Supporting mothers at work is mutually beneficial to workers and employers, ultimately making a better workplace for everyone, here’s how:
Become a more attractive workplace
- 2 in 3 (66%) of all UK workers (not just parents) view employers who offer family-friendly benefits as more appealing, so by highlighting support of this nature in your recruitment communications, you can widen your reach and diversify your talent pool.
Manage absences and boost productivity
- 72% of parents have needed to take unpaid leave from work to manage childcare responsibilities. Allowing greater flexibility means parents can pick up work tasks around their family commitments (or vice versa).
Improve staff engagement and retention
- 73% of HR leaders agree that providing family-friendly policies and support is a positive investment, with almost half (48%) saying this increases retention.
Create a more inclusive workplace that champions gender equality
- Only 27% of HR decision makers see the link between gender equity and family-friendly benefits.
- By investing in family-friendly practices, employers are helping to level the playing field for working mothers, addressing the areas that hold back their earning and development potential – and feed into the Gender Pay Gap.
Top tips: How employers can support mothers at work
With three-quarters (74%) of HR leaders finding it difficult to roll out the right support for working mums, we’ve worked with the Fawcett Society to outline the steps you can take to uplift mothers at work, while benefiting your wider organisation:
Foster a positive and inclusive workplace culture
- Create a culture that understands the challenges mothers face and highlight how supporting mothers now will have long-term impact to their career.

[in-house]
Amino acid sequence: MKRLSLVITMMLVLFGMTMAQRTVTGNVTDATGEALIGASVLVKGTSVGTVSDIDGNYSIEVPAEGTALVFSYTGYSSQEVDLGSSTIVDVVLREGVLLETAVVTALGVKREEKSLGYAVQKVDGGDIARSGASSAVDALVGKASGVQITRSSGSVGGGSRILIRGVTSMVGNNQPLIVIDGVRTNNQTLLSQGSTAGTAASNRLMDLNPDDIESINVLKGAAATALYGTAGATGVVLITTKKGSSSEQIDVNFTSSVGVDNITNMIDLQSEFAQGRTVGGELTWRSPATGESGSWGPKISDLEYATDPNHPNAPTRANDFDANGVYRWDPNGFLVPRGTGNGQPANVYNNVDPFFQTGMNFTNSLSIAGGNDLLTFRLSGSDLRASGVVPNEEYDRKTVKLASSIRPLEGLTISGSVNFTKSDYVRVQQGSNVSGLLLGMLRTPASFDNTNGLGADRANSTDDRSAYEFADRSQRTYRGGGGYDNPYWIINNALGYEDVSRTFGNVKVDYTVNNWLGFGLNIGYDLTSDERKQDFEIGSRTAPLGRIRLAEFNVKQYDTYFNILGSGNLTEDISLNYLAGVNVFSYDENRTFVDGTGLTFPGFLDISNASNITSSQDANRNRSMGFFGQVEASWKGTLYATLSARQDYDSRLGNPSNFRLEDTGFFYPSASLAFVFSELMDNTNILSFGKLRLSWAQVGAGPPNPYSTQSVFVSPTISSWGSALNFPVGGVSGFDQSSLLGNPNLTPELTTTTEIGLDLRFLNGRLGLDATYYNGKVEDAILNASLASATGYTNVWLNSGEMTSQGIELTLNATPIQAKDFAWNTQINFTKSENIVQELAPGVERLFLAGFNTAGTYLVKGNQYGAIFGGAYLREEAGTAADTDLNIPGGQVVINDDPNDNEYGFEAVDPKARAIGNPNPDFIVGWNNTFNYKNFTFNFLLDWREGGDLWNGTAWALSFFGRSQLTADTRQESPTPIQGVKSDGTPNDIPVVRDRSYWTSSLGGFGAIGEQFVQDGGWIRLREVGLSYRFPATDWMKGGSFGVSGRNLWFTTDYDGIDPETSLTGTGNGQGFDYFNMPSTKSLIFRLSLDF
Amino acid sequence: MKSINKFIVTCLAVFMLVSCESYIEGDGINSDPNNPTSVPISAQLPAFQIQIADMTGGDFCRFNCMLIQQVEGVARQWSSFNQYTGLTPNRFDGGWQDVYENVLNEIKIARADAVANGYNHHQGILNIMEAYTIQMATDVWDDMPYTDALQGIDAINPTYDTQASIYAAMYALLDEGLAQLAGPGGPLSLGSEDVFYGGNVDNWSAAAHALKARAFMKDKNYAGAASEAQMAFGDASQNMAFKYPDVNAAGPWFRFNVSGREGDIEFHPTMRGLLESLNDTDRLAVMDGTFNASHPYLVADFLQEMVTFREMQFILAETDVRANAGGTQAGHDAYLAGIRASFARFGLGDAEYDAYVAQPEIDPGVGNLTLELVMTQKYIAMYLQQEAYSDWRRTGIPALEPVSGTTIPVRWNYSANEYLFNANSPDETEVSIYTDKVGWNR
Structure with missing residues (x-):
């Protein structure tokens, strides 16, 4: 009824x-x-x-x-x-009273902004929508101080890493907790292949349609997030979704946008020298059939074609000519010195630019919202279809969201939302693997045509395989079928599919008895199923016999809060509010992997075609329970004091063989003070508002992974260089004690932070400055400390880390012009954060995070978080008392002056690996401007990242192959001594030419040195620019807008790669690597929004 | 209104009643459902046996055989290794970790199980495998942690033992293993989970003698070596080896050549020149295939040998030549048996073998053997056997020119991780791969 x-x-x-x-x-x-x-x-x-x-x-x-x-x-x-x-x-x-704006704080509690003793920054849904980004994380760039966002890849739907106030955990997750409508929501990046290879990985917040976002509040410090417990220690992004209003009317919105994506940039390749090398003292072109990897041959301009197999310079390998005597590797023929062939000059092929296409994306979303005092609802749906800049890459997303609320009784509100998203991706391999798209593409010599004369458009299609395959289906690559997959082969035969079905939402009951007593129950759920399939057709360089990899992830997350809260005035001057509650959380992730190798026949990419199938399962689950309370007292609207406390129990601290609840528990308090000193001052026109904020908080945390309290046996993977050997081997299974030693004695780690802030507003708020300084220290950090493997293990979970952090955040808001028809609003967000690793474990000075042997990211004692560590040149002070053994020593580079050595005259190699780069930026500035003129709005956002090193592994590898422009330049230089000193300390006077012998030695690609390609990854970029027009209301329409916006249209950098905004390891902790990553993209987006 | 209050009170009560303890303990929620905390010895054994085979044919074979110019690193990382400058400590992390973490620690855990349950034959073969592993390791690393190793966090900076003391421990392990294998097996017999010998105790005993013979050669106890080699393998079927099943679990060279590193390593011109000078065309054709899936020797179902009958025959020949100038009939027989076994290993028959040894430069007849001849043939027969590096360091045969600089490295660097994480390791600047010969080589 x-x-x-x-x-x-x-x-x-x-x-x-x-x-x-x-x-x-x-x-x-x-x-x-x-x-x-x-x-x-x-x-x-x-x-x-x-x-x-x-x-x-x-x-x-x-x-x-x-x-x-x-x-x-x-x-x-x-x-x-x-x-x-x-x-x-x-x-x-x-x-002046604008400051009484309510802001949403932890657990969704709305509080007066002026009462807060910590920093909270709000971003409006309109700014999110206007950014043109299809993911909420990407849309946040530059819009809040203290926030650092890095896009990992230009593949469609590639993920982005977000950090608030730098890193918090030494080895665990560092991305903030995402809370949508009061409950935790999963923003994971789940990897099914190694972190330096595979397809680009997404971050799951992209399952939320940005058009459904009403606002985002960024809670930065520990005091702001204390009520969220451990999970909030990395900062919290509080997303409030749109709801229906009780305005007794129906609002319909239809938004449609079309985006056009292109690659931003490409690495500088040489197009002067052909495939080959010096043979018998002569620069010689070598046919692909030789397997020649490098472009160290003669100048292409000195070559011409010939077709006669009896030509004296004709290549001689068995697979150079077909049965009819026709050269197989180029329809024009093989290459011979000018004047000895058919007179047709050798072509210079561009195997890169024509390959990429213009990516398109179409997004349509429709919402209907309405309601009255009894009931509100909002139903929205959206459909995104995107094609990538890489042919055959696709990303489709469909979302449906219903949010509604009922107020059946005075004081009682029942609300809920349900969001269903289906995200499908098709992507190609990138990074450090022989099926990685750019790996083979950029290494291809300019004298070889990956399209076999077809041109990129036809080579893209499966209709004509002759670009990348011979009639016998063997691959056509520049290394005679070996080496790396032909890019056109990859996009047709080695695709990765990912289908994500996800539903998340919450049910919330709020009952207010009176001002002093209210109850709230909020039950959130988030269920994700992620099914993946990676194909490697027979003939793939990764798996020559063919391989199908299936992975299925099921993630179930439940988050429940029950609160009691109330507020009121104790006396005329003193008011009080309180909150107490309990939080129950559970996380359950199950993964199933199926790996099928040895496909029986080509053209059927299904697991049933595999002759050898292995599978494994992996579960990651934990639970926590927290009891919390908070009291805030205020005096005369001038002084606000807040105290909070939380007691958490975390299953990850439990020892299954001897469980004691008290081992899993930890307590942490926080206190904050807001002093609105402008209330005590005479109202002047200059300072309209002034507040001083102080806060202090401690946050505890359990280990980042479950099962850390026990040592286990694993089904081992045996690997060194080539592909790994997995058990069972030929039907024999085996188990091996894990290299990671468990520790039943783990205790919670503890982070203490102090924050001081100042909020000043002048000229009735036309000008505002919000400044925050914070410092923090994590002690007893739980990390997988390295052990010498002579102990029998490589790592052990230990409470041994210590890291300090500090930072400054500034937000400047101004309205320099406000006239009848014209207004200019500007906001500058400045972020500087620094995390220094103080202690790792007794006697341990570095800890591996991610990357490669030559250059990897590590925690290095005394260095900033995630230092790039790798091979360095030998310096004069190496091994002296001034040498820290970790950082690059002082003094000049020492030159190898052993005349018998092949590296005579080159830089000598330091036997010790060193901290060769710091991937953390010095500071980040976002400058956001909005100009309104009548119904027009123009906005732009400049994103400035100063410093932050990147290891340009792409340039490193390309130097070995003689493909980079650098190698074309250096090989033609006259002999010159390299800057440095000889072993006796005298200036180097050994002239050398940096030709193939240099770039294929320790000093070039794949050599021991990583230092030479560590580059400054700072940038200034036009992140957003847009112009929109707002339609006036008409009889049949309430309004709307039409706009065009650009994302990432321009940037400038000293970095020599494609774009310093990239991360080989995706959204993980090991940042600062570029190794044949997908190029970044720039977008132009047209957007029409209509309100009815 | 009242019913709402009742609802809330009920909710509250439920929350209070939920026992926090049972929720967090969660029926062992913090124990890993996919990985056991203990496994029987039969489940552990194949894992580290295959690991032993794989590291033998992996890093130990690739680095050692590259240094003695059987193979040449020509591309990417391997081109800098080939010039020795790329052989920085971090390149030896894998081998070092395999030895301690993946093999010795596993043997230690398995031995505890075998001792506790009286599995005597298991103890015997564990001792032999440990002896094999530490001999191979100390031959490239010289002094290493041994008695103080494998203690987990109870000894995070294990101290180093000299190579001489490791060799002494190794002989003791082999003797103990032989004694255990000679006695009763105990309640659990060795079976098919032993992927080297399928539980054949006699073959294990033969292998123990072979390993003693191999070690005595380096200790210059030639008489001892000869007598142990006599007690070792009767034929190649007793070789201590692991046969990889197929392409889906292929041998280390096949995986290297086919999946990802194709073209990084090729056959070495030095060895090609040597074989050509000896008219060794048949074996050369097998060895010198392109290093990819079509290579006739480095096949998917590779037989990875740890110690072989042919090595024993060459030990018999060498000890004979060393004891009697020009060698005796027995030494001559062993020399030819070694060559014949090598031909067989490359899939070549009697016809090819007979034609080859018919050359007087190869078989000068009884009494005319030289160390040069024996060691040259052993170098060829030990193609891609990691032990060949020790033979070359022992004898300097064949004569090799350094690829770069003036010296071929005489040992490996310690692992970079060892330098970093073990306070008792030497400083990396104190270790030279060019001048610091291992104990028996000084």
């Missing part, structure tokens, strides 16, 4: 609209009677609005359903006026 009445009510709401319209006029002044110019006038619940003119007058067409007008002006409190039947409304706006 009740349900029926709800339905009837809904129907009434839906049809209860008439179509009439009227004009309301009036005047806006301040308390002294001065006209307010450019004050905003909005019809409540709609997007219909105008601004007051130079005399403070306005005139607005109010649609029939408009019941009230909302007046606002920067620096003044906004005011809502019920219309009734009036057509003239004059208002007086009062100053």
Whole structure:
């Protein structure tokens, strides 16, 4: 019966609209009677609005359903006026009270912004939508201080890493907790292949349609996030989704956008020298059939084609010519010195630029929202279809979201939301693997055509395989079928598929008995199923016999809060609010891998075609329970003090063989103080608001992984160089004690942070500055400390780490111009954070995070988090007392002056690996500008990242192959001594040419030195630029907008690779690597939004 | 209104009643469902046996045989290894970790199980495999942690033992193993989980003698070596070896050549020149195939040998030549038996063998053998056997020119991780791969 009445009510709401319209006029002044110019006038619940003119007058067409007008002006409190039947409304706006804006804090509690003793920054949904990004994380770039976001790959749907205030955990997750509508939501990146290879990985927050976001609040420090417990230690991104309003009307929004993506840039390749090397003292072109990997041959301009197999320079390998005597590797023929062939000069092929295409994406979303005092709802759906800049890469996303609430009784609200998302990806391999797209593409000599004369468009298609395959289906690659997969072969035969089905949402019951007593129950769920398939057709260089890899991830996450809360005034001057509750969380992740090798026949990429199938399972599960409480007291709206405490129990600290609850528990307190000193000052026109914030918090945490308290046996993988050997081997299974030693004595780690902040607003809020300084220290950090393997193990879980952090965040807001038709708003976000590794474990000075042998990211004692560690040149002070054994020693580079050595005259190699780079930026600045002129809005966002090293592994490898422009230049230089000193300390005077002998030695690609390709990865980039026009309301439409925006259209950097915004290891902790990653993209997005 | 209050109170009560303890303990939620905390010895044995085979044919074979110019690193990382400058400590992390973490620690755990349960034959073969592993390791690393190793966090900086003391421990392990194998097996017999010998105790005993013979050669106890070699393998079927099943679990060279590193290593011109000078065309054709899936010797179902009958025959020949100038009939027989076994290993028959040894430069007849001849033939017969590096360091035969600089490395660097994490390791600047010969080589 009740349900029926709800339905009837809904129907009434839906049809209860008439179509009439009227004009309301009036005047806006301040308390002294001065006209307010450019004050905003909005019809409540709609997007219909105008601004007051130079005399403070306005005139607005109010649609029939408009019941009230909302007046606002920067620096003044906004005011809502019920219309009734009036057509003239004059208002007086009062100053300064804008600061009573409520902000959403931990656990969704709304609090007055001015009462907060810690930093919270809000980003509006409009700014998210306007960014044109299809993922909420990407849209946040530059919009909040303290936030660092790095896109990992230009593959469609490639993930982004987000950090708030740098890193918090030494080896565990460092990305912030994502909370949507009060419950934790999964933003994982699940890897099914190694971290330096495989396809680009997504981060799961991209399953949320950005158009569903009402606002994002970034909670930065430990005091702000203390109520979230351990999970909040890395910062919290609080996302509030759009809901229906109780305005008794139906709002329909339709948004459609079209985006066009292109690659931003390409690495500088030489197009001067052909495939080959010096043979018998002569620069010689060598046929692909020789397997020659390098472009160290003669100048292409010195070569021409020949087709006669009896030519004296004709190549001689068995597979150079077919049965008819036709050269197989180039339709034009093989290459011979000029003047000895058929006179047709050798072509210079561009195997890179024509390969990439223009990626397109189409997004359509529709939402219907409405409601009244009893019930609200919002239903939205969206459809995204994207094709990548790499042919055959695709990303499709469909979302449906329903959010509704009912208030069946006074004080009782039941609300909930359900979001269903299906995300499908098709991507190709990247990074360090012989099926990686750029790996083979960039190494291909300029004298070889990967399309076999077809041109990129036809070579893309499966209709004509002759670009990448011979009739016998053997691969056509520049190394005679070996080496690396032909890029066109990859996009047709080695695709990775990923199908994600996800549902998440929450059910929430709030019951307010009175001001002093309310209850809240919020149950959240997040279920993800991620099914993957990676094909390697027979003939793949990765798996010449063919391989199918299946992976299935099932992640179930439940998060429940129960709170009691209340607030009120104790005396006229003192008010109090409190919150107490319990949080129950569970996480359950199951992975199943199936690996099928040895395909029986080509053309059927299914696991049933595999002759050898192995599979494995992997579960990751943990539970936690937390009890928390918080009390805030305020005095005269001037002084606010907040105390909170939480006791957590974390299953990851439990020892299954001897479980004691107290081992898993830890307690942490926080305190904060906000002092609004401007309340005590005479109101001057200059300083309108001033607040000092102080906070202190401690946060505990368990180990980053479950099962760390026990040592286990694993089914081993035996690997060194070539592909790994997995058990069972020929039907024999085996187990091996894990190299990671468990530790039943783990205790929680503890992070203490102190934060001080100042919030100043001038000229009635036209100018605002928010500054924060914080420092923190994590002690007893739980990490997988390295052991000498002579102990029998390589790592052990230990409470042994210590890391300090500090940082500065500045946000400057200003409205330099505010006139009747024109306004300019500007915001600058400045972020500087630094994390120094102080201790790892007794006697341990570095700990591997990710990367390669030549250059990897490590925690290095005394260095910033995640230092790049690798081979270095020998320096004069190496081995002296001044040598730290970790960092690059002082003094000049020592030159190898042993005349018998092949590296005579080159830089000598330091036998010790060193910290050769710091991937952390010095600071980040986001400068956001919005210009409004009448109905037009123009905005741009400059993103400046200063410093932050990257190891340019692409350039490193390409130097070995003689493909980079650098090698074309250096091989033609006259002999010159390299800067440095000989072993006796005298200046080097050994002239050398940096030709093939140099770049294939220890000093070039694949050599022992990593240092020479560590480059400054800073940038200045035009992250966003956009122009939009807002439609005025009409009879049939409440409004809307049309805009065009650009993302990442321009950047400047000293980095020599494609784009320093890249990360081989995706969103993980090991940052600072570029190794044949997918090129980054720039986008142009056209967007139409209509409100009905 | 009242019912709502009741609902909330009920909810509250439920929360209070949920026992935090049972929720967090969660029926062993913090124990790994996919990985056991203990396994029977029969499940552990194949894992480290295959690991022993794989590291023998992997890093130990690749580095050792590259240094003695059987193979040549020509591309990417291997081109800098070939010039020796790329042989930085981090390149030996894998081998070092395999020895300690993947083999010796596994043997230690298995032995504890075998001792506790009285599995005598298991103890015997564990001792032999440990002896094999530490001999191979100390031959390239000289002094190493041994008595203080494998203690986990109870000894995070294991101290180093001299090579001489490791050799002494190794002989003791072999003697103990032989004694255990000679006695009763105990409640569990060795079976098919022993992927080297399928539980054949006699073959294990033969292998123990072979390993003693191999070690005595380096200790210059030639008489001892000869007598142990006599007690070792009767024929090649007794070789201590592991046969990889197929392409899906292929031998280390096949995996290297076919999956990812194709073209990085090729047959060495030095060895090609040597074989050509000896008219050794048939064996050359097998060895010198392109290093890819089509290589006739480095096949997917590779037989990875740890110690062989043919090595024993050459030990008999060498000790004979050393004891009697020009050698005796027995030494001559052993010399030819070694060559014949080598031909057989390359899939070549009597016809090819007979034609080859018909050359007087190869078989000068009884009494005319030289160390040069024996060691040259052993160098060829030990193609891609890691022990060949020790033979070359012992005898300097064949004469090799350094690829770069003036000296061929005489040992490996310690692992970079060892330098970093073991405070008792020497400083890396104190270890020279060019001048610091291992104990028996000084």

- Learn how other leading businesses are fostering family friendly workplace cultures, and the success they’ve seen so far in our employer case study.
Build a clear policy framework
- Building a policy (or framework of policies) allows for parents and managers to understand each other’s expectations, and the support they have access to.
- Learn more about how you can build an affective maternity policy, plus the legal rights around maternity leave.
Upskill your managers
- Train managers to actively listen to the needs of women and working parents, asking how they like to receive support and feedback.
Support paternity leave
- Both in terms of reforms to statutory and longer paid paternity leave. Encourage men to take the statutory leave to which they are entitled – particularly more senior men.
- Learn more about how you can foster affective paternity leave practices and policies.
Embed flexible work options
- Support employees to find flexibility that works for both you and them (for example: compressed hours, term-time only, part time, job share). Don’t use unsubstantiated “business needs” to justify refusing flexible working requests.
To learn more about how your business can benefit from supporting mothers at work, read our latest guide: Paths to parenthood: Uplifting new mothers at work